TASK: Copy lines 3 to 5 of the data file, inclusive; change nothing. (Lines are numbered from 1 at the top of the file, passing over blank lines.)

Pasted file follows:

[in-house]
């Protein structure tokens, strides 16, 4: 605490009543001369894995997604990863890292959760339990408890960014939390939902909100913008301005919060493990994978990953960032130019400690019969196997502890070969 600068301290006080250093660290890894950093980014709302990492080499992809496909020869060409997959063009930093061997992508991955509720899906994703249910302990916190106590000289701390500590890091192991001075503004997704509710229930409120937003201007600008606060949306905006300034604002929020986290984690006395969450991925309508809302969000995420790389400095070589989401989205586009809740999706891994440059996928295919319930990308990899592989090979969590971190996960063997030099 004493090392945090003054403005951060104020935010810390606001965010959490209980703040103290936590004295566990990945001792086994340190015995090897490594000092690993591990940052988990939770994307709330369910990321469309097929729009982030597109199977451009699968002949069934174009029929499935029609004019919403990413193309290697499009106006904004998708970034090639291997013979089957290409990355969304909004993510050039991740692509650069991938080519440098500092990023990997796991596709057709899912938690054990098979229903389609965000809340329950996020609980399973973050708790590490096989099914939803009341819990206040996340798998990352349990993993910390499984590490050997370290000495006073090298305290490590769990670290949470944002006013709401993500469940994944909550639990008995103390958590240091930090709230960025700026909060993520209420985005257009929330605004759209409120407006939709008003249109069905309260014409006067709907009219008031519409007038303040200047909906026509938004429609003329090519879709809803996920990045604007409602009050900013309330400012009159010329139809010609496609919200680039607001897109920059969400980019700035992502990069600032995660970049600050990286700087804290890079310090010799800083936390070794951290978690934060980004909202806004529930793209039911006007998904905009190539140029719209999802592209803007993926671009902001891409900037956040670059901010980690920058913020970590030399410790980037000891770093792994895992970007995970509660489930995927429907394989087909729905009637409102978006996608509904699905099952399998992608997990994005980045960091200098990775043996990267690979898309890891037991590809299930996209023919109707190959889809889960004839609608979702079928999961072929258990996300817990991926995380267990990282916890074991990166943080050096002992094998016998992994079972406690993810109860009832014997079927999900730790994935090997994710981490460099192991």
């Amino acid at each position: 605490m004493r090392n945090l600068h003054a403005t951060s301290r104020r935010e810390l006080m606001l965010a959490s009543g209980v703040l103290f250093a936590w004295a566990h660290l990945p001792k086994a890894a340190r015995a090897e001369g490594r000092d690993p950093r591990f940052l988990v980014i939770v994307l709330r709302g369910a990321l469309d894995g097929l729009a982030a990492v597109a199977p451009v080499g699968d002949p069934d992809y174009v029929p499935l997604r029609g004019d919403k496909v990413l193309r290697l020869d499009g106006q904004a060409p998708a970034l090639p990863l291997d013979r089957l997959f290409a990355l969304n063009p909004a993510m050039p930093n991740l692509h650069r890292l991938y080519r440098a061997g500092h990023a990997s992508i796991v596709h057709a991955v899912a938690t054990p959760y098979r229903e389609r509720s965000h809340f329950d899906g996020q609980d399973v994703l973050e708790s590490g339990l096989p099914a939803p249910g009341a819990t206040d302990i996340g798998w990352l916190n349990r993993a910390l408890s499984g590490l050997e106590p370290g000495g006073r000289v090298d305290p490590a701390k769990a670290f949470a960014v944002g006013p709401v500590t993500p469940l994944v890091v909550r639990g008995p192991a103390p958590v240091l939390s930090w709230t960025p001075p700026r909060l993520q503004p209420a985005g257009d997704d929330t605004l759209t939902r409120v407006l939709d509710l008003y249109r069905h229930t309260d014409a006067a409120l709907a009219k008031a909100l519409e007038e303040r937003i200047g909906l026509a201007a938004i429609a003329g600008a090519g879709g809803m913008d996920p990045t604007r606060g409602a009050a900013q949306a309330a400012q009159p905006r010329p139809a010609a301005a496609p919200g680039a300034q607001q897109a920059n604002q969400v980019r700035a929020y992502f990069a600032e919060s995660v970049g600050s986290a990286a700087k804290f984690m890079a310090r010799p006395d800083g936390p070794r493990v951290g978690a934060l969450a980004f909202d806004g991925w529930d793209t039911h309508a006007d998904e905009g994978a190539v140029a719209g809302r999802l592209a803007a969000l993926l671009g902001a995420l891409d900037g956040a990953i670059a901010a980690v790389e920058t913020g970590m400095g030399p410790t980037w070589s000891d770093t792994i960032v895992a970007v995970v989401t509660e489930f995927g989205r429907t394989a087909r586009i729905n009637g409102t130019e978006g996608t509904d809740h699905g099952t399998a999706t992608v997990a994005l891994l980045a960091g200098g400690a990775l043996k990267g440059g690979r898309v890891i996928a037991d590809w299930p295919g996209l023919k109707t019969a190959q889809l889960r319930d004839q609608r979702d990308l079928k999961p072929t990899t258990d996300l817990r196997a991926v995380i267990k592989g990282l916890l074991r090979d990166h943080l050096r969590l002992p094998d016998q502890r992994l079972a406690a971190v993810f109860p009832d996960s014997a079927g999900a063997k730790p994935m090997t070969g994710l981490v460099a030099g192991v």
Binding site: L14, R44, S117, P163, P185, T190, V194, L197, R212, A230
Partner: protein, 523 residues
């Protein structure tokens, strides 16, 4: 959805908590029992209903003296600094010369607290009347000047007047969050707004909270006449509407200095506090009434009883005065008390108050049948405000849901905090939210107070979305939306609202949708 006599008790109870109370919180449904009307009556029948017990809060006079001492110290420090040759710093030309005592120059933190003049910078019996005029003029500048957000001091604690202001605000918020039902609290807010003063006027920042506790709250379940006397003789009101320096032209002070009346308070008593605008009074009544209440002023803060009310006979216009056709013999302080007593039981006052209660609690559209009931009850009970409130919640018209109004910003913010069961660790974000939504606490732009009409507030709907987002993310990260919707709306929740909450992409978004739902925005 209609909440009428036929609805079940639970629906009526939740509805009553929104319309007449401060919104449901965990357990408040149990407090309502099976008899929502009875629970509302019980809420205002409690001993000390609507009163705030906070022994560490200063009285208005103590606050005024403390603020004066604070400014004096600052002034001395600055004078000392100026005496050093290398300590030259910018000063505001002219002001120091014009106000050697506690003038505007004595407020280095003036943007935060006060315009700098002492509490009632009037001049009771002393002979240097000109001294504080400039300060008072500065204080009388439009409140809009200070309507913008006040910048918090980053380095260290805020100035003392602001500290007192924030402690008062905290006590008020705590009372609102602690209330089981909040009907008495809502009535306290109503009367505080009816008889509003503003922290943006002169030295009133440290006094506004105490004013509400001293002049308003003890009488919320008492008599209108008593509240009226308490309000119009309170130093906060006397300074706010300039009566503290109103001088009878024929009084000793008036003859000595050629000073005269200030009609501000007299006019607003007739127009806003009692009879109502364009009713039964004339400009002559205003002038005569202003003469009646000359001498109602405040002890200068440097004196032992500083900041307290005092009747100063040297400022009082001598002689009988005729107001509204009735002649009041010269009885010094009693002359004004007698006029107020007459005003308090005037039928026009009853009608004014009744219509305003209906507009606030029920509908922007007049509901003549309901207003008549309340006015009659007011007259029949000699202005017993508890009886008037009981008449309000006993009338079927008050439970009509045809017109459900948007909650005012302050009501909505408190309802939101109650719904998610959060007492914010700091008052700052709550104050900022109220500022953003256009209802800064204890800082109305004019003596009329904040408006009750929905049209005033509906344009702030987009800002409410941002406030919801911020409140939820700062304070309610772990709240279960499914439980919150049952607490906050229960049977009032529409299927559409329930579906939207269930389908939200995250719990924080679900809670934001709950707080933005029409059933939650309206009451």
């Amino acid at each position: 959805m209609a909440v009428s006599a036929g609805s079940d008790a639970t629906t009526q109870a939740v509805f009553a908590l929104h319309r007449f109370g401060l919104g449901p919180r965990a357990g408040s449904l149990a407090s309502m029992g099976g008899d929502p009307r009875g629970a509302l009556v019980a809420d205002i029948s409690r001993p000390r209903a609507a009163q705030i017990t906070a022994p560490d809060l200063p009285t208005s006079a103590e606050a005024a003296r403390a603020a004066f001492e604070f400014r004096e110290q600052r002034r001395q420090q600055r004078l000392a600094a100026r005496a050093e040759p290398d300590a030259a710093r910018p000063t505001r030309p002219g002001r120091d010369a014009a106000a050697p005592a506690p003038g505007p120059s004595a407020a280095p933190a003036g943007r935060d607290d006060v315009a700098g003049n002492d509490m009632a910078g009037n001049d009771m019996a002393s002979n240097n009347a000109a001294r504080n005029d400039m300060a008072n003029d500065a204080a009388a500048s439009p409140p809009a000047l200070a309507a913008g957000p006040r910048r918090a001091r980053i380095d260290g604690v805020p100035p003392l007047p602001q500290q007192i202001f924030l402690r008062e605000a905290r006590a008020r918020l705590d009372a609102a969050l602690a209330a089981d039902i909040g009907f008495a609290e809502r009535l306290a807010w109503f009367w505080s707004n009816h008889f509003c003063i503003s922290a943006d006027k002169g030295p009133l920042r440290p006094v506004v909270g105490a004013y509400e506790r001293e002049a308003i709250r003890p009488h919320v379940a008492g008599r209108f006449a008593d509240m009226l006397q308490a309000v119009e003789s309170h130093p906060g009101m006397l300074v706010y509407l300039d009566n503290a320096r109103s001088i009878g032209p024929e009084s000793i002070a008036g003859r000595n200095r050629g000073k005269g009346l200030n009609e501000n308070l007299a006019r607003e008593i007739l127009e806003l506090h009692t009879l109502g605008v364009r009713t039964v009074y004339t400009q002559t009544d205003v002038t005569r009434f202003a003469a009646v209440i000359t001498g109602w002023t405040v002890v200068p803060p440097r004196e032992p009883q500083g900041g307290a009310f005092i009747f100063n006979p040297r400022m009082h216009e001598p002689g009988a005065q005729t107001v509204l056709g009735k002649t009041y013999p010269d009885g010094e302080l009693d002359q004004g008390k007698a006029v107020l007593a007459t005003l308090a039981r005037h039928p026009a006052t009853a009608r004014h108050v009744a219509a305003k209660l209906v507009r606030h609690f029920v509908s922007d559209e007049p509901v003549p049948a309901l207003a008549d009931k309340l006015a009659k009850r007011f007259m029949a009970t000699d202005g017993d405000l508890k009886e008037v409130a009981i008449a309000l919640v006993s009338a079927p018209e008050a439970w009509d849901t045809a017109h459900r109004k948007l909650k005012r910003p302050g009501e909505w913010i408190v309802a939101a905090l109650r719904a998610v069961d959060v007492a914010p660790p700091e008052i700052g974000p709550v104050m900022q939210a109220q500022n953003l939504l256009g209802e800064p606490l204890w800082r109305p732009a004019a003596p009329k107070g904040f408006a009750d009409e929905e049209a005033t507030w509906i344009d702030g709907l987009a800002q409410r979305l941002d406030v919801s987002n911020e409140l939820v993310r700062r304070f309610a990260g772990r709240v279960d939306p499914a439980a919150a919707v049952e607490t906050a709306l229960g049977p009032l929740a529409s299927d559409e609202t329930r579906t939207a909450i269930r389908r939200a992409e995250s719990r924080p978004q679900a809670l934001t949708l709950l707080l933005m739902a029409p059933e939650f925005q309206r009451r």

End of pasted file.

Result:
């Amino acid at each position: 605490m004493r090392n945090l600068h003054a403005t951060s301290r104020r935010e810390l006080m606001l965010a959490s009543g209980v703040l103290f250093a936590w004295a566990h660290l990945p001792k086994a890894a340190r015995a090897e001369g490594r000092d690993p950093r591990f940052l988990v980014i939770v994307l709330r709302g369910a990321l469309d894995g097929l729009a982030a990492v597109a199977p451009v080499g699968d002949p069934d992809y174009v029929p499935l997604r029609g004019d919403k496909v990413l193309r290697l020869d499009g106006q904004a060409p998708a970034l090639p990863l291997d013979r089957l997959f290409a990355l969304n063009p909004a993510m050039p930093n991740l692509h650069r890292l991938y080519r440098a061997g500092h990023a990997s992508i796991v596709h057709a991955v899912a938690t054990p959760y098979r229903e389609r509720s965000h809340f329950d899906g996020q609980d399973v994703l973050e708790s590490g339990l096989p099914a939803p249910g009341a819990t206040d302990i996340g798998w990352l916190n349990r993993a910390l408890s499984g590490l050997e106590p370290g000495g006073r000289v090298d305290p490590a701390k769990a670290f949470a960014v944002g006013p709401v500590t993500p469940l994944v890091v909550r639990g008995p192991a103390p958590v240091l939390s930090w709230t960025p001075p700026r909060l993520q503004p209420a985005g257009d997704d929330t605004l759209t939902r409120v407006l939709d509710l008003y249109r069905h229930t309260d014409a006067a409120l709907a009219k008031a909100l519409e007038e303040r937003i200047g909906l026509a201007a938004i429609a003329g600008a090519g879709g809803m913008d996920p990045t604007r606060g409602a009050a900013q949306a309330a400012q009159p905006r010329p139809a010609a301005a496609p919200g680039a300034q607001q897109a920059n604002q969400v980019r700035a929020y992502f990069a600032e919060s995660v970049g600050s986290a990286a700087k804290f984690m890079a310090r010799p006395d800083g936390p070794r493990v951290g978690a934060l969450a980004f909202d806004g991925w529930d793209t039911h309508a006007d998904e905009g994978a190539v140029a719209g809302r999802l592209a803007a969000l993926l671009g902001a995420l891409d900037g956040a990953i670059a901010a980690v790389e920058t913020g970590m400095g030399p410790t980037w070589s000891d770093t792994i960032v895992a970007v995970v989401t509660e489930f995927g989205r429907t394989a087909r586009i729905n009637g409102t130019e978006g996608t509904d809740h699905g099952t399998a999706t992608v997990a994005l891994l980045a960091g200098g400690a990775l043996k990267g440059g690979r898309v890891i996928a037991d590809w299930p295919g996209l023919k109707t019969a190959q889809l889960r319930d004839q609608r979702d990308l079928k999961p072929t990899t258990d996300l817990r196997a991926v995380i267990k592989g990282l916890l074991r090979d990166h943080l050096r969590l002992p094998d016998q502890r992994l079972a406690a971190v993810f109860p009832d996960s014997a079927g999900a063997k730790p994935m090997t070969g994710l981490v460099a030099g192991v």
Binding site: L14, R44, S117, P163, P185, T190, V194, L197, R212, A230
Partner: protein, 523 residues